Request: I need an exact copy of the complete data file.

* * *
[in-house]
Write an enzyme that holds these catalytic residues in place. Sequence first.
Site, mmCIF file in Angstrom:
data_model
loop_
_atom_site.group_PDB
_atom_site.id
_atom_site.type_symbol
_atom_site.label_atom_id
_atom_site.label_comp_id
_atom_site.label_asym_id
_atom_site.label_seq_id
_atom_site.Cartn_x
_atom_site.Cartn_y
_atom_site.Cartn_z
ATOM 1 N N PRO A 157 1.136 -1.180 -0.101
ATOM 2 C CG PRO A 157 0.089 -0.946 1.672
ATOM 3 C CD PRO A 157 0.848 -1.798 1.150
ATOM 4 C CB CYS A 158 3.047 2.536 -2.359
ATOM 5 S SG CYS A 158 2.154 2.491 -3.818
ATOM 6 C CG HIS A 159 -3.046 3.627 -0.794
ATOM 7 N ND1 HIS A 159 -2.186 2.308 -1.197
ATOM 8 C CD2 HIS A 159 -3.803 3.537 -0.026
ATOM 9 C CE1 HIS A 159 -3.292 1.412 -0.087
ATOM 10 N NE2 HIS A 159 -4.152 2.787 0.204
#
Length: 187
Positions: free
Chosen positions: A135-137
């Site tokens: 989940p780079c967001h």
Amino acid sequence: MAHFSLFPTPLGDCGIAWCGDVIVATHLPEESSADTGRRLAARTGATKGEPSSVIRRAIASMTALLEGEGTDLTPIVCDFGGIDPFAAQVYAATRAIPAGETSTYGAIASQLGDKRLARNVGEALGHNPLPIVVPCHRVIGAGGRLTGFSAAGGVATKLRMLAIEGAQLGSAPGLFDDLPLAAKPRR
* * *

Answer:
[in-house]
Write an enzyme that holds these catalytic residues in place. Sequence first.
Site, mmCIF file in Angstrom:
data_model
loop_
_atom_site.group_PDB
_atom_site.id
_atom_site.type_symbol
_atom_site.label_atom_id
_atom_site.label_comp_id
_atom_site.label_asym_id
_atom_site.label_seq_id
_atom_site.Cartn_x
_atom_site.Cartn_y
_atom_site.Cartn_z
ATOM 1 N N PRO A 157 1.136 -1.180 -0.101
ATOM 2 C CG PRO A 157 0.089 -0.946 1.672
ATOM 3 C CD PRO A 157 0.848 -1.798 1.150
ATOM 4 C CB CYS A 158 3.047 2.536 -2.359
ATOM 5 S SG CYS A 158 2.154 2.491 -3.818
ATOM 6 C CG HIS A 159 -3.046 3.627 -0.794
ATOM 7 N ND1 HIS A 159 -2.186 2.308 -1.197
ATOM 8 C CD2 HIS A 159 -3.803 3.537 -0.026
ATOM 9 C CE1 HIS A 159 -3.292 1.412 -0.087
ATOM 10 N NE2 HIS A 159 -4.152 2.787 0.204
#
Length: 187
Positions: free
Chosen positions: A135-137
């Site tokens: 989940p780079c967001h």
Amino acid sequence: MAHFSLFPTPLGDCGIAWCGDVIVATHLPEESSADTGRRLAARTGATKGEPSSVIRRAIASMTALLEGEGTDLTPIVCDFGGIDPFAAQVYAATRAIPAGETSTYGAIASQLGDKRLARNVGEALGHNPLPIVVPCHRVIGAGGRLTGFSAAGGVATKLRMLAIEGAQLGSAPGLFDDLPLAAKPRR